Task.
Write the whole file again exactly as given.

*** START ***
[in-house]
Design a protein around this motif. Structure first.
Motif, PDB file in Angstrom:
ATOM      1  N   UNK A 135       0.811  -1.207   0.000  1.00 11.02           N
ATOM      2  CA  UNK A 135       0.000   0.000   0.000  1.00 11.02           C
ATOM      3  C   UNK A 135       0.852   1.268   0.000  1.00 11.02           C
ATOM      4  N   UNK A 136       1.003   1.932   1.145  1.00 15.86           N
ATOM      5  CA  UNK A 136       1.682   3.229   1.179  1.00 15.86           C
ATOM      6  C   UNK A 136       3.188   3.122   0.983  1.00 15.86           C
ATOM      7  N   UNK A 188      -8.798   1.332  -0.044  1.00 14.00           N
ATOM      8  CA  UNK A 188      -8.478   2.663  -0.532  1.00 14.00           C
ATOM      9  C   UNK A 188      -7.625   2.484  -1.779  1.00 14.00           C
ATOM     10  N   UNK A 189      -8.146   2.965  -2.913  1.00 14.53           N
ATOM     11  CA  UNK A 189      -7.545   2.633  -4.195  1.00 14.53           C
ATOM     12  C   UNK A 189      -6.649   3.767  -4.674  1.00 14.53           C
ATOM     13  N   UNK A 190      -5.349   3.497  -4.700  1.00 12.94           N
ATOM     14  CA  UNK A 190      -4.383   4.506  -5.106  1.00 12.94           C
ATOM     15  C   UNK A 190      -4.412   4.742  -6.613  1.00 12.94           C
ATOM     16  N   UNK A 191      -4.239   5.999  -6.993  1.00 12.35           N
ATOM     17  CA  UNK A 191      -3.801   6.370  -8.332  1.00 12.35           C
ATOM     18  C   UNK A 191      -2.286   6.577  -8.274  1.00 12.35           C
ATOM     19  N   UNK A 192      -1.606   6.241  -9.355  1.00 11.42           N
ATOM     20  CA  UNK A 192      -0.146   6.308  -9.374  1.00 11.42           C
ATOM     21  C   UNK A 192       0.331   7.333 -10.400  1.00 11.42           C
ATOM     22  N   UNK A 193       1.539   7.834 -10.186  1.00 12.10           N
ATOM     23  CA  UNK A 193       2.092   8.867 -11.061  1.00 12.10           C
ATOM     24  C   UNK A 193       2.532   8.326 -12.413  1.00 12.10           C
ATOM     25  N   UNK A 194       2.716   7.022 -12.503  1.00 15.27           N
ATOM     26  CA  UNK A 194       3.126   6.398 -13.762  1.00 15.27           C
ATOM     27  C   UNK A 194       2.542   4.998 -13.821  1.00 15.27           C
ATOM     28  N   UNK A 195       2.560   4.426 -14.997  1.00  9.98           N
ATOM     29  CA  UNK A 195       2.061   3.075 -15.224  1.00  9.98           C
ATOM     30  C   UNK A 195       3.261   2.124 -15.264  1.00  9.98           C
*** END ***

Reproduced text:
[in-house]
Design a protein around this motif. Structure first.
Motif, PDB file in Angstrom:
ATOM      1  N   UNK A 135       0.811  -1.207   0.000  1.00 11.02           N
ATOM      2  CA  UNK A 135       0.000   0.000   0.000  1.00 11.02           C
ATOM      3  C   UNK A 135       0.852   1.268   0.000  1.00 11.02           C
ATOM      4  N   UNK A 136       1.003   1.932   1.145  1.00 15.86           N
ATOM      5  CA  UNK A 136       1.682   3.229   1.179  1.00 15.86           C
ATOM      6  C   UNK A 136       3.188   3.122   0.983  1.00 15.86           C
ATOM      7  N   UNK A 188      -8.798   1.332  -0.044  1.00 14.00           N
ATOM      8  CA  UNK A 188      -8.478   2.663  -0.532  1.00 14.00           C
ATOM      9  C   UNK A 188      -7.625   2.484  -1.779  1.00 14.00           C
ATOM     10  N   UNK A 189      -8.146   2.965  -2.913  1.00 14.53           N
ATOM     11  CA  UNK A 189      -7.545   2.633  -4.195  1.00 14.53           C
ATOM     12  C   UNK A 189      -6.649   3.767  -4.674  1.00 14.53           C
ATOM     13  N   UNK A 190      -5.349   3.497  -4.700  1.00 12.94           N
ATOM     14  CA  UNK A 190      -4.383   4.506  -5.106  1.00 12.94           C
ATOM     15  C   UNK A 190      -4.412   4.742  -6.613  1.00 12.94           C
ATOM     16  N   UNK A 191      -4.239   5.999  -6.993  1.00 12.35           N
ATOM     17  CA  UNK A 191      -3.801   6.370  -8.332  1.00 12.35           C
ATOM     18  C   UNK A 191      -2.286   6.577  -8.274  1.00 12.35           C
ATOM     19  N   UNK A 192      -1.606   6.241  -9.355  1.00 11.42           N
ATOM     20  CA  UNK A 192      -0.146   6.308  -9.374  1.00 11.42           C
ATOM     21  C   UNK A 192       0.331   7.333 -10.400  1.00 11.42           C
ATOM     22  N   UNK A 193       1.539   7.834 -10.186  1.00 12.10           N
ATOM     23  CA  UNK A 193       2.092   8.867 -11.061  1.00 12.10           C
ATOM     24  C   UNK A 193       2.532   8.326 -12.413  1.00 12.10           C
ATOM     25  N   UNK A 194       2.716   7.022 -12.503  1.00 15.27           N
ATOM     26  CA  UNK A 194       3.126   6.398 -13.762  1.00 15.27           C
ATOM     27  C   UNK A 194       2.542   4.998 -13.821  1.00 15.27           C
ATOM     28  N   UNK A 195       2.560   4.426 -14.997  1.00  9.98           N
ATOM     29  CA  UNK A 195       2.061   3.075 -15.224  1.00  9.98           C
ATOM     30  C   UNK A 195       3.261   2.124 -15.264  1.00  9.98           C